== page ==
Can You Build A Deck With Wet Wood? (Find Out Now!)

Jennifer Eggerton
by Jennifer Eggerton

As you’re getting ready to build your own deck, you may come across mentions of wet wood. Whether it’s from a rainstorm the night before or the natural water content in the material, wet wood is a common problem. Can you build a deck with wet wood?

Building a deck with wet wood is not a good idea. Place the wood planks in a dry, shaded area with good ventilation. Let it dry it for a few weeks before building your deck. Use a moisture meter to check water content. Dry the wood until it has 9% to 14% moisture content.

Let’s take a closer look at what is meant by wet wood and dry wood. We will then discuss how to handle wet wood for your deck project.

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What is Wet Wood?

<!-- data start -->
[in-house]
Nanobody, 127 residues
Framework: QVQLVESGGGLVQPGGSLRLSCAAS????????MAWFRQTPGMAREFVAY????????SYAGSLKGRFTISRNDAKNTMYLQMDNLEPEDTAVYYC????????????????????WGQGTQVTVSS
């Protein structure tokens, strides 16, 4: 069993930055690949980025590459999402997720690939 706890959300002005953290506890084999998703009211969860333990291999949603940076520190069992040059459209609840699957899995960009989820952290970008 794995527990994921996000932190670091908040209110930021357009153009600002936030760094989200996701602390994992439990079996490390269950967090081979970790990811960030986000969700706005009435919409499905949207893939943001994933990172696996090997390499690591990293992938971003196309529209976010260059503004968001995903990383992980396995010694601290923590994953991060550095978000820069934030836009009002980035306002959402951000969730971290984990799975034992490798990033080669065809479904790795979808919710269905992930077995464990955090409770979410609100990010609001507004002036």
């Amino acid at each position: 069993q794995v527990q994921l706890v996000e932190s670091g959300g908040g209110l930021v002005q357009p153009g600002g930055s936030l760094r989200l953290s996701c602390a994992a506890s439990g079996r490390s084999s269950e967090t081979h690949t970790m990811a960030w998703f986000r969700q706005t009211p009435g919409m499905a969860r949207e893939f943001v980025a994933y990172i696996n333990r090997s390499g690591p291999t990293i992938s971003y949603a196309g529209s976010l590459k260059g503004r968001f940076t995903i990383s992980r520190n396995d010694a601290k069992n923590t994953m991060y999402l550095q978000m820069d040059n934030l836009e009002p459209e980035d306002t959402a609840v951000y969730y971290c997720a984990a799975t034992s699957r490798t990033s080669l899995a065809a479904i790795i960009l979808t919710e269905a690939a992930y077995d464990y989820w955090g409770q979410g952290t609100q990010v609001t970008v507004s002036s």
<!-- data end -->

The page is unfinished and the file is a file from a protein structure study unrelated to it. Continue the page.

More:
The easiest type of wet wood to recognize is when it is covered with water from a rainstorm. Wet wood also refers to the natural moisture content in the wood. Before they are cut, trees are still living and viable. They draw water into their trunks through the root system and deliver the moisture to leaves.

Wood that is cut for construction is not dead. Therefore, there is still some water remaining in the logs. Most woods contain 20% to 60% water. The amount of moisture depends on how long ago the tree was cut down. Seasoning the wood also reduces moisture content.

Much of the wood that you find at a lumber yard or home improvement store has been dried and treated. As a result, the wood has a moisture content of 20% or less.

Is Pressure Treated Wood Wet or Dry?

Pressure treated wood undergoes a process of injecting preservatives and moisture into the wood. As odd as it sounds, this actually prevents the wood from absorbing moisture. It also protects against fungus, mold, decay, and termites. The process, though, does mean that the wood is considered wet for construction purposes. It needs to sit for a few weeks to dry enough for your deck project.

What is Kiln-Dried Wood?